Discuss How Nationalism Spread Across Europe with Napoleon but Was Repressed for a Generation Under the Congress of Vienna and Concert of Europe Until the Revolutions of 1848

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Nationalism was formed with the idea that a nation is made up of people who are joined together by common language, customs, cultures and history. It held the belief that one should be loyal to the people of their nation, not a king or empire. Nationalists believed that people of a single nationality should unite under a single government. The concept of Nationalism emerged in the French Revolution and was spread to the rest of Europe by Napoleon’s conquests.

Nationalism was used by Napoleon to make France a great power in Europe. Nationalism helped France to develop a national language which was taught in schools to replace local dialects. This unification of language helped the people of France to feel closer to each other, with more in common. It also helped the country in its economics and politics. As Napoleon conquered more areas in Europe, Nationalism rose. Nationalism is what led to the unification and creation of countries within Europe. It also brought about the idea that the power of a country was based on its people.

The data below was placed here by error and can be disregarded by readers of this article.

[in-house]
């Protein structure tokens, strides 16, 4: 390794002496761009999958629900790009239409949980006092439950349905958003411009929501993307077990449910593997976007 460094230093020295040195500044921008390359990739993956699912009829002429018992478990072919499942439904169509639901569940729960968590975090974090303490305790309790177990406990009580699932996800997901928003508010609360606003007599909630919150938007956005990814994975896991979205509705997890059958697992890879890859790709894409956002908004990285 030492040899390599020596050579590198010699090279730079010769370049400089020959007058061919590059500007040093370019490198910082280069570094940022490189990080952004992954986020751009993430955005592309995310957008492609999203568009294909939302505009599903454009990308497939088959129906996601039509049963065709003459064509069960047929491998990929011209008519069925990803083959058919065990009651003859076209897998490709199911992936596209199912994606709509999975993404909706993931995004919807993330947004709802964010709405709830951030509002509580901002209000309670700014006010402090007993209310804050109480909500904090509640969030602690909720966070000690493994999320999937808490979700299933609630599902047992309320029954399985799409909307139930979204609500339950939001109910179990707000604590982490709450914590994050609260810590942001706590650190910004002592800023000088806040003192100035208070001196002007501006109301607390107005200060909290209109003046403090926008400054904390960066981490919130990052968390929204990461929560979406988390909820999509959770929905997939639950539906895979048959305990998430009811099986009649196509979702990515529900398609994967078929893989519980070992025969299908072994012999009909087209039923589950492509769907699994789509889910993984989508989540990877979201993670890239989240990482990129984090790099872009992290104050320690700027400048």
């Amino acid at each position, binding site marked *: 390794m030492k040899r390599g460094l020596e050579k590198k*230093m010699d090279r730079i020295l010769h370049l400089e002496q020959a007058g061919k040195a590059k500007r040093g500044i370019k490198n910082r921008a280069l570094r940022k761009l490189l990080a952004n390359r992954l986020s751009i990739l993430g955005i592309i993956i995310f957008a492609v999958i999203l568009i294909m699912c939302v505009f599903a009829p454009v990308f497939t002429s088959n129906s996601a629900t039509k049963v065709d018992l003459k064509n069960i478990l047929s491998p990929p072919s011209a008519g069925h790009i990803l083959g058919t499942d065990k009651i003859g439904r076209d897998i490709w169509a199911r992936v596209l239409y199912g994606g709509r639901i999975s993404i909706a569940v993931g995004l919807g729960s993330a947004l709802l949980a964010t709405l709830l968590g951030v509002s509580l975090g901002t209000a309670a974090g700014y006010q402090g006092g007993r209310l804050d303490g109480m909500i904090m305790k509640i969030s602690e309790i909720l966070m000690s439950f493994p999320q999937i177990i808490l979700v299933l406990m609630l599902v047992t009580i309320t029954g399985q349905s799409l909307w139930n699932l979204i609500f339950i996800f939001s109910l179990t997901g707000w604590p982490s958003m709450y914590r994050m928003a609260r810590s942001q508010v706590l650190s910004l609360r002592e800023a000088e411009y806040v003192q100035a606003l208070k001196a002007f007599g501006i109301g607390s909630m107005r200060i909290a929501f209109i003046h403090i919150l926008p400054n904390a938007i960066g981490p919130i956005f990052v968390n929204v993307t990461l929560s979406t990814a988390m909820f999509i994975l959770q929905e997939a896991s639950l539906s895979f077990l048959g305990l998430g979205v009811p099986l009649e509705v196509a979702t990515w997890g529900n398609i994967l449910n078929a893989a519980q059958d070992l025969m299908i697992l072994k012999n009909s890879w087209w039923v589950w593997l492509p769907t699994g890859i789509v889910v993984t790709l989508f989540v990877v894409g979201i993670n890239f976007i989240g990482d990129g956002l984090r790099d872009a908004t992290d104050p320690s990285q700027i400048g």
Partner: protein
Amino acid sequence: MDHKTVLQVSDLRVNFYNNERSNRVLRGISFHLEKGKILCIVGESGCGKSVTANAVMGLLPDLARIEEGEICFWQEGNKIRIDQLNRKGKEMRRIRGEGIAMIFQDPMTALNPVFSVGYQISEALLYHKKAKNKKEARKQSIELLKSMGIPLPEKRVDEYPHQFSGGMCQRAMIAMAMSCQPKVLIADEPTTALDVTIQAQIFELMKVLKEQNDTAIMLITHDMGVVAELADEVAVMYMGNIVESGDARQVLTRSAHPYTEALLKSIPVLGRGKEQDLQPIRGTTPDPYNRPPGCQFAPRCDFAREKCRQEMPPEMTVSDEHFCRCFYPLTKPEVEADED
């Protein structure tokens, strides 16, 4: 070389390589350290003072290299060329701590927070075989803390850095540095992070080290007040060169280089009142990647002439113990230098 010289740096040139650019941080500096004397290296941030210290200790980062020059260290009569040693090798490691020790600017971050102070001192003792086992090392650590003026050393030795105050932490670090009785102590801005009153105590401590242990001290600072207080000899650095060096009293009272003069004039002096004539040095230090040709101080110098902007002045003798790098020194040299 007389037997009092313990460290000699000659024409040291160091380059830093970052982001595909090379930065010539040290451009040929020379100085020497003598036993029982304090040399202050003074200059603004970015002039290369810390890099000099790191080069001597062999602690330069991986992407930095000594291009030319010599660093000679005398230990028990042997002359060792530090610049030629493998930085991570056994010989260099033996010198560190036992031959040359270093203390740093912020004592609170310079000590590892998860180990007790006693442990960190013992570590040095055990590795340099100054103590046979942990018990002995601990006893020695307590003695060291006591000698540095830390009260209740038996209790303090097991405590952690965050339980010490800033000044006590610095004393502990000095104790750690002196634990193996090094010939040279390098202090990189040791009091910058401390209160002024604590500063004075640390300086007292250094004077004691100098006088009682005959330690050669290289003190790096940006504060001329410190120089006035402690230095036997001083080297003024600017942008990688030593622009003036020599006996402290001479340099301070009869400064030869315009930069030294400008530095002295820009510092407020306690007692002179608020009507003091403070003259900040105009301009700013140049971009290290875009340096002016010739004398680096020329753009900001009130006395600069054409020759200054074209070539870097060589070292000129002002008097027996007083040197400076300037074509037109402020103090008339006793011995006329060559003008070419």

As Napoleon conquered more countries, kings and empires started to panic. The spreading idea of Nationalism meant that people would start to rebel against them as leaders. But as Nationalism spread, it became a powerful weapon against Napoleon. People who at first welcomed France because it helped to liberate them, now felt that they were being taken over by a foreign conqueror. The people of other countries turned against France and it became a part of the downfall of Napoleon.

After the defeat of Napoleon, the European heads of government held a series of meetings called the Congress of Vienna. The purpose was to establish long lasting peace and stability in Europe. It was scheduled to last four weeks but went on for eight months. The most influential member of this group was the foreign minister of Austria, Prince Klemens von Metternich. Like most European aristocrats, he disagreed with what he felt were...
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